Throughout his rich literary career, Cormac McCarthy has consistently explored the intersections of different modes of thinking and creative practices. Reflecting his stated view that the novel can “encompass all the various disciplines and interests of humanity” (Woodward 1992), McCarthy’s work navigates between artistic and scientific discourses as readily as it interweaves various fields of knowledge and genres from chaos theory and legal history to English poetry and the Western. His fiction mediates between different worlds insofar as the stylistic and thematic trajectories of his fiction can be considered a narrative negotiation of opposed discourses and perspectives on the world, such as cognitive science and religious experience, realism and romanticism, or ‘high’ and ‘low’ culture. While much has been said about spatial border crossings in McCarthy’s work, this conference invites readers and scholars to consider McCarthy’s other crossings, from the intersections of literature and science to his stylistic and generic crossovers.
Among the prevalent intersections between oppositional perspectives on the world in McCarthy’s corpus is the space between mind and matter, and, more specifically, the liminal zone between the interiority of character psychology and the exteriority of the American wilderness. With a special nod to the ten-year anniversary of The Road and its reception, there are the precarious boundaries between order and disorder, life and death, meaning and nothing, but also McCarthy’s transition—to many the most scandalous—from writer’s writer to Oprah elect and Hollywood insider. These spaces between worlds—whether disciplinary, institutional, aesthetic, or existential—can be described in many ways. Chief among them are the typical McCarthian notions of ‘crossroads’—connoting at once a convergence and the place of choice between alternatives, that is, the ideal (or illusion) of deciding on one’s own fate—and of ‘transgression’—the crossing of a normative boundary, as many of his maladjusted characters do, but also the place of choice in the making. McCarthy’s work is a continuous engagement with the former notion of a crossroads, the conflict between agency and determinism, and since the 1990s he has increasingly blurred the boundaries between literary and genre fiction. We could also say, he has transgressed these boundaries as part of the constant re-invention of his unique style as a novelist.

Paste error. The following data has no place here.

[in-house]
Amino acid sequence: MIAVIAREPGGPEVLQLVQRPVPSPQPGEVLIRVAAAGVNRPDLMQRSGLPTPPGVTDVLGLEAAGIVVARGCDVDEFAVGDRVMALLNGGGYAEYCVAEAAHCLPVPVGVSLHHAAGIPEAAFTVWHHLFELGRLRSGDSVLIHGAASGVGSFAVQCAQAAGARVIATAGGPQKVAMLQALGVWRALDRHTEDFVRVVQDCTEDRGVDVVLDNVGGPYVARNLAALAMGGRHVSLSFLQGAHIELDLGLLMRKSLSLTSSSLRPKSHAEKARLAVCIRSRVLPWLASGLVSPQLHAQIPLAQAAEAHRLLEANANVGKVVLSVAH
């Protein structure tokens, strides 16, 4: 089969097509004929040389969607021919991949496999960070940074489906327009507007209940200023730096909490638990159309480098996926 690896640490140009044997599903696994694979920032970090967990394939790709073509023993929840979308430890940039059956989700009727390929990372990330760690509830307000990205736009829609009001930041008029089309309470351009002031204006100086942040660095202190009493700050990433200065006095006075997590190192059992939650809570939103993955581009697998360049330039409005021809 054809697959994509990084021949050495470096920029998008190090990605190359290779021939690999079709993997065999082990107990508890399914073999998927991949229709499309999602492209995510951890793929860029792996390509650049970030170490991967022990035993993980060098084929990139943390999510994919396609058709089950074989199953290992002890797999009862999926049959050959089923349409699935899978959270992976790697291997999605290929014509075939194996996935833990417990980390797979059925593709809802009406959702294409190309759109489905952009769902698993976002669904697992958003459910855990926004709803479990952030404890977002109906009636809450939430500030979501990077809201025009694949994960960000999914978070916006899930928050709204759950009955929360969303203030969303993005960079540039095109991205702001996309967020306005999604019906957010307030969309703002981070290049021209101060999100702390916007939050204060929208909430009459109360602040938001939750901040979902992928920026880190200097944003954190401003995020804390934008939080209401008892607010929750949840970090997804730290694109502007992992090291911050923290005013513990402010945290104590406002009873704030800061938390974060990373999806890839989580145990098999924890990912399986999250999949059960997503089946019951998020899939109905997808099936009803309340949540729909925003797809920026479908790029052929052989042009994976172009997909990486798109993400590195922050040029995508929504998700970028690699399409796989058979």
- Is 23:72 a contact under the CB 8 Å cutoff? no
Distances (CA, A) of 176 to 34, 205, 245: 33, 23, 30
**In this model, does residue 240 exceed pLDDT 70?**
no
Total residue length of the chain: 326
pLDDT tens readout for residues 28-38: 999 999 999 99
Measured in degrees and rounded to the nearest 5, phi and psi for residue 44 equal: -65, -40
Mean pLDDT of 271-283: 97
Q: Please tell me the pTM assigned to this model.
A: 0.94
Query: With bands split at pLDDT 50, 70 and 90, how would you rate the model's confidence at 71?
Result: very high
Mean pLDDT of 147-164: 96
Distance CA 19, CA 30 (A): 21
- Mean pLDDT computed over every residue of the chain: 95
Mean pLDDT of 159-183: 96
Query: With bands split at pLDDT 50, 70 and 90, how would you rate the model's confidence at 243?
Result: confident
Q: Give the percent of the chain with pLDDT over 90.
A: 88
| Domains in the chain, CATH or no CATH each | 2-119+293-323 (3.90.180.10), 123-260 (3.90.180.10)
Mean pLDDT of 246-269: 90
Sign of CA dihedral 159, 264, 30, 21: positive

The conference especially seeks contributions that explore productive tensions, clashes, crossovers, thresholds, transitions, and transgressions in Cormac McCarthy’s work, but other approaches to McCarthy will also be considered.